Test Writer use cases¶
Writing a LAVA job submission¶
Numerous changes have been made compared with the previous JSON submission format. There is no compatibility between the old JSON files and the new pipeline job submissions. There is no conversion tool and none will be supported. Each test job needs to be understood and redesigned. Compatibility has only been preserved inside the Lava Test Shell Definitions.
The API here is still in development and changes may still be required. Sample jobs are available from the LAVA team and are updated regularly.
Only certain deployment types, boot types and device types are currently supportable. These guidelines will be enlarged as support grows.
The pipeline does not make assumptions and the only defaults are constrictive and only provided for admin reasons.
Decisions about the validity of a test job submission are made as early as possible.
Some validity checks will be done before a job submission is accepted
Most will be completed before the job submission is scheduled.
An invalid job submission will result in an Incomplete test job.
Some validity checks can only be done after the test job has started, e.g. checks relating to downloaded files. These checks will result in a JobError.
All pipeline test jobs report results, whether a test shell is used or not.
Visibility of test job results is determined solely by the job submission.
Results are part of the test job and cannot be manually created.
Result analysis is primarily a task for other engines, results can be exported in full but the principle emphasis is on data generation.
Results are posted in real time, while the job is still running. This means that a later failure in the test job cannot cause a loss of results.
Job submission data¶
There are three actions for all test jobs: deploy, boot and test.
All scheduled submissions may only specify a device type, not a target. The device type is only for use by the scheduler and is ignored by the dispatcher. Locally, dispatchers only have configuration for the devices currently running test jobs.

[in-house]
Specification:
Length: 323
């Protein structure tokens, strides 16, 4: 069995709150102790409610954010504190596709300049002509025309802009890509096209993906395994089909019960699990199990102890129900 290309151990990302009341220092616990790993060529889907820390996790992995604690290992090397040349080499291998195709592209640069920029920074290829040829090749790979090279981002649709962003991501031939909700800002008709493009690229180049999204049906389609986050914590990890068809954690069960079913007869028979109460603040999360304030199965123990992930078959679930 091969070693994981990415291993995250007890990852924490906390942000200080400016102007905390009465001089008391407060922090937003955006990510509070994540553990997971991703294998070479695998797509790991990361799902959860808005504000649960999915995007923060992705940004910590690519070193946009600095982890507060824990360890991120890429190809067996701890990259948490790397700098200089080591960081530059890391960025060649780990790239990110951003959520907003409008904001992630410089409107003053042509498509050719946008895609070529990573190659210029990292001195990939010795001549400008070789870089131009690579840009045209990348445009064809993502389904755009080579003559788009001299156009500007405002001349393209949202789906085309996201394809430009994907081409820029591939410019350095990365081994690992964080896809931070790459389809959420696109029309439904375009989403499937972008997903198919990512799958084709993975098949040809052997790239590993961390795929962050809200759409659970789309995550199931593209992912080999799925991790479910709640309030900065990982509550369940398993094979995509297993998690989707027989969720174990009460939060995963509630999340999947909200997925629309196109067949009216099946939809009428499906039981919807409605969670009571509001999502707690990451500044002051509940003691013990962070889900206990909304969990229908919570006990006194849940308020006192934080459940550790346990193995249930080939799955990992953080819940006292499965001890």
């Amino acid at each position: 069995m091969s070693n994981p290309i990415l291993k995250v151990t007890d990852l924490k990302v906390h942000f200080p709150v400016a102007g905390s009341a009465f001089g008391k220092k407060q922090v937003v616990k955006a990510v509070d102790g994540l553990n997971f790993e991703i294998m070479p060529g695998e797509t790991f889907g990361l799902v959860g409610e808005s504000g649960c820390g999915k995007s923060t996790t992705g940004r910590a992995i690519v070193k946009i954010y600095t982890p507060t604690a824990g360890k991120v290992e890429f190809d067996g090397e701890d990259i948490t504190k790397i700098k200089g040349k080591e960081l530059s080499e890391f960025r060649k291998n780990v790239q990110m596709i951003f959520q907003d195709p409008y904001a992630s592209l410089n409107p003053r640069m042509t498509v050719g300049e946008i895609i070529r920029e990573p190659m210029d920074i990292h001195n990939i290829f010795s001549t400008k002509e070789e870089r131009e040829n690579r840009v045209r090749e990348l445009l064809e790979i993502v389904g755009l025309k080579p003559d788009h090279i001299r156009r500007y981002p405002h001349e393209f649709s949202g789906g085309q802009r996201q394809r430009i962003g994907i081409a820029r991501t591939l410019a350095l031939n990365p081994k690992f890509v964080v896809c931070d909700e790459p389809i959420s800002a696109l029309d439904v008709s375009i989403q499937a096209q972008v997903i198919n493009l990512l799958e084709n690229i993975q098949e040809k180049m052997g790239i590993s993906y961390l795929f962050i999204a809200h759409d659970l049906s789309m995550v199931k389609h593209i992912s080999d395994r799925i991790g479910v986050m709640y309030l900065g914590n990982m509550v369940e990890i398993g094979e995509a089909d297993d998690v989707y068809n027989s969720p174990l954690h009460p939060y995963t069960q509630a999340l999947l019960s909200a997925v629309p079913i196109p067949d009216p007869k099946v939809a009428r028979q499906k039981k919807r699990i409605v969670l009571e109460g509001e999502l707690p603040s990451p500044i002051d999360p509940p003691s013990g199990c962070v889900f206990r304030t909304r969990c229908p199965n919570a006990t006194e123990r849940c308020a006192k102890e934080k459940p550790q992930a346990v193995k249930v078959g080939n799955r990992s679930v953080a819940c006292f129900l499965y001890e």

Default timeouts can be specified at the top of the file.
priority can be specified, the default is medium.
Always check your YAML syntax
The actions element in a pipeline job submission is a list of dictionaries - ensure that the line ends with a colon
:, the next line needs to be indented and needs to start with a hyphen
YAML supports comments using
#, please use them liberally. Comments are not preserved in the database after submission.
The new result views know about the deployment type and boot type, so the
job_namecan concentrate on the objective of the test, not the methods used in it. The job name will still need to exist as a file in the test shell and as a URL in the results, so underscores and hyphens need to be used in place of spaces.
Timeouts are specified in human readable units, days, hours, minutes or seconds. Avoid specifying timeouts in smaller units when a larger unit is available: i.e. you should never use 120 seconds, always 2 minutes. Schema rules may be introduced to enforce this and your jobs could be rejected. The requested timeout and the actual duration of each action class within a test job is logged and excessive timeouts can be identified.
Writing a new TestJob¶
Indenting is critically important to YAML. A valid YAML document can still render an object which lacks the structure required for a valid submission. The parser errors do tend to be cryptic but will at generally indicate the last tag encountered.
Always use an editor which shows the actual whitespace. Many text editors have syntax highlighting for YAML. However, syntax highlighting may not be sufficient to identify common YAML syntax errors.